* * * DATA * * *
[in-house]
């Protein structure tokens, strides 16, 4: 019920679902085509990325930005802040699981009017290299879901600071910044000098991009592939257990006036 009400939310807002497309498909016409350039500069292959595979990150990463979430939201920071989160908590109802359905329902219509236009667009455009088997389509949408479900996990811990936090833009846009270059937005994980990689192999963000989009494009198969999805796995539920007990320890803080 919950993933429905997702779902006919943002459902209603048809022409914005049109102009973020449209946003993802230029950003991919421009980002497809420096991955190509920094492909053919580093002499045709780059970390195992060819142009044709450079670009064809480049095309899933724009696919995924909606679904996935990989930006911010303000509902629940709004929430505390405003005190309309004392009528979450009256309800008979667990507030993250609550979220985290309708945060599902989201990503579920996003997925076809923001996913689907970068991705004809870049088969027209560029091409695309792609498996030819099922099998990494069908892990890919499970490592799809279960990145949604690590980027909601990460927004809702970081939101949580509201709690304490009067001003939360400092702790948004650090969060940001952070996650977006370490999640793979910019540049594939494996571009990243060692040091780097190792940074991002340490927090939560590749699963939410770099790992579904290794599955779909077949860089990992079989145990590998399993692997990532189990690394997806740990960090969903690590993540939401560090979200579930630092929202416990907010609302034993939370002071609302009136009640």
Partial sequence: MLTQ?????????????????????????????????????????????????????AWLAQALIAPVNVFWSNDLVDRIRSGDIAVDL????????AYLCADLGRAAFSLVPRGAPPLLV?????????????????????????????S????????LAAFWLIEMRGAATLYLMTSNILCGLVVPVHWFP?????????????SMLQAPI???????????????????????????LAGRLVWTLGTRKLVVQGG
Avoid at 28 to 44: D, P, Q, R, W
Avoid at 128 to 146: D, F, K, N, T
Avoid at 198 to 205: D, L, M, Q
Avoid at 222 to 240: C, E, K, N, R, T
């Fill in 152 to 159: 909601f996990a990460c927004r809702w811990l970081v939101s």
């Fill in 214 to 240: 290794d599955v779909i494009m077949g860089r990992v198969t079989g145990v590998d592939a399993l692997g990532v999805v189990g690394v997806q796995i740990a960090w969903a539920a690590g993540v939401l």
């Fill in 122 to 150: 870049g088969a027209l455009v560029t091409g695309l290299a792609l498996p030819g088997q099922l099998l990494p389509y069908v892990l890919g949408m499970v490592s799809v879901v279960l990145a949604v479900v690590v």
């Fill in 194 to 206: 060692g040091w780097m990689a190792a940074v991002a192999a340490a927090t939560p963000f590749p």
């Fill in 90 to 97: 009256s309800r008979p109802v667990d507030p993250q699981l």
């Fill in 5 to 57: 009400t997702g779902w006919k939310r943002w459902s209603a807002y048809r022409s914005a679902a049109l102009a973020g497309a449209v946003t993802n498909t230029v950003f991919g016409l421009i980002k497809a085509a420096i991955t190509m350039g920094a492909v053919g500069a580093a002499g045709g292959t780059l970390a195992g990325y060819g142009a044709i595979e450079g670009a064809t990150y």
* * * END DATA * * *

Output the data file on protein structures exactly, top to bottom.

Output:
[in-house]
């Protein structure tokens, strides 16, 4: 019920679902085509990325930005802040699981009017290299879901600071910044000098991009592939257990006036 009400939310807002497309498909016409350039500069292959595979990150990463979430939201920071989160908590109802359905329902219509236009667009455009088997389509949408479900996990811990936090833009846009270059937005994980990689192999963000989009494009198969999805796995539920007990320890803080 919950993933429905997702779902006919943002459902209603048809022409914005049109102009973020449209946003993802230029950003991919421009980002497809420096991955190509920094492909053919580093002499045709780059970390195992060819142009044709450079670009064809480049095309899933724009696919995924909606679904996935990989930006911010303000509902629940709004929430505390405003005190309309004392009528979450009256309800008979667990507030993250609550979220985290309708945060599902989201990503579920996003997925076809923001996913689907970068991705004809870049088969027209560029091409695309792609498996030819099922099998990494069908892990890919499970490592799809279960990145949604690590980027909601990460927004809702970081939101949580509201709690304490009067001003939360400092702790948004650090969060940001952070996650977006370490999640793979910019540049594939494996571009990243060692040091780097190792940074991002340490927090939560590749699963939410770099790992579904290794599955779909077949860089990992079989145990590998399993692997990532189990690394997806740990960090969903690590993540939401560090979200579930630092929202416990907010609302034993939370002071609302009136009640």
Partial sequence: MLTQ?????????????????????????????????????????????????????AWLAQALIAPVNVFWSNDLVDRIRSGDIAVDL????????AYLCADLGRAAFSLVPRGAPPLLV?????????????????????????????S????????LAAFWLIEMRGAATLYLMTSNILCGLVVPVHWFP?????????????SMLQAPI???????????????????????????LAGRLVWTLGTRKLVVQGG
Avoid at 28 to 44: D, P, Q, R, W
Avoid at 128 to 146: D, F, K, N, T
Avoid at 198 to 205: D, L, M, Q
Avoid at 222 to 240: C, E, K, N, R, T
């Fill in 152 to 159: 909601f996990a990460c927004r809702w811990l970081v939101s």
């Fill in 214 to 240: 290794d599955v779909i494009m077949g860089r990992v198969t079989g145990v590998d592939a399993l692997g990532v999805v189990g690394v997806q796995i740990a960090w969903a539920a690590g993540v939401l």
């Fill in 122 to 150: 870049g088969a027209l455009v560029t091409g695309l290299a792609l498996p030819g088997q099922l099998l990494p389509y069908v892990l890919g949408m499970v490592s799809v879901v279960l990145a949604v479900v690590v």
């Fill in 194 to 206: 060692g040091w780097m990689a190792a940074v991002a192999a340490a927090t939560p963000f590749p």
């Fill in 90 to 97: 009256s309800r008979p109802v667990d507030p993250q699981l």
């Fill in 5 to 57: 009400t997702g779902w006919k939310r943002w459902s209603a807002y048809r022409s914005a679902a049109l102009a973020g497309a449209v946003t993802n498909t230029v950003f991919g016409l421009i980002k497809a085509a420096i991955t190509m350039g920094a492909v053919g500069a580093a002499g045709g292959t780059l970390a195992g990325y060819g142009a044709i595979e450079g670009a064809t990150y």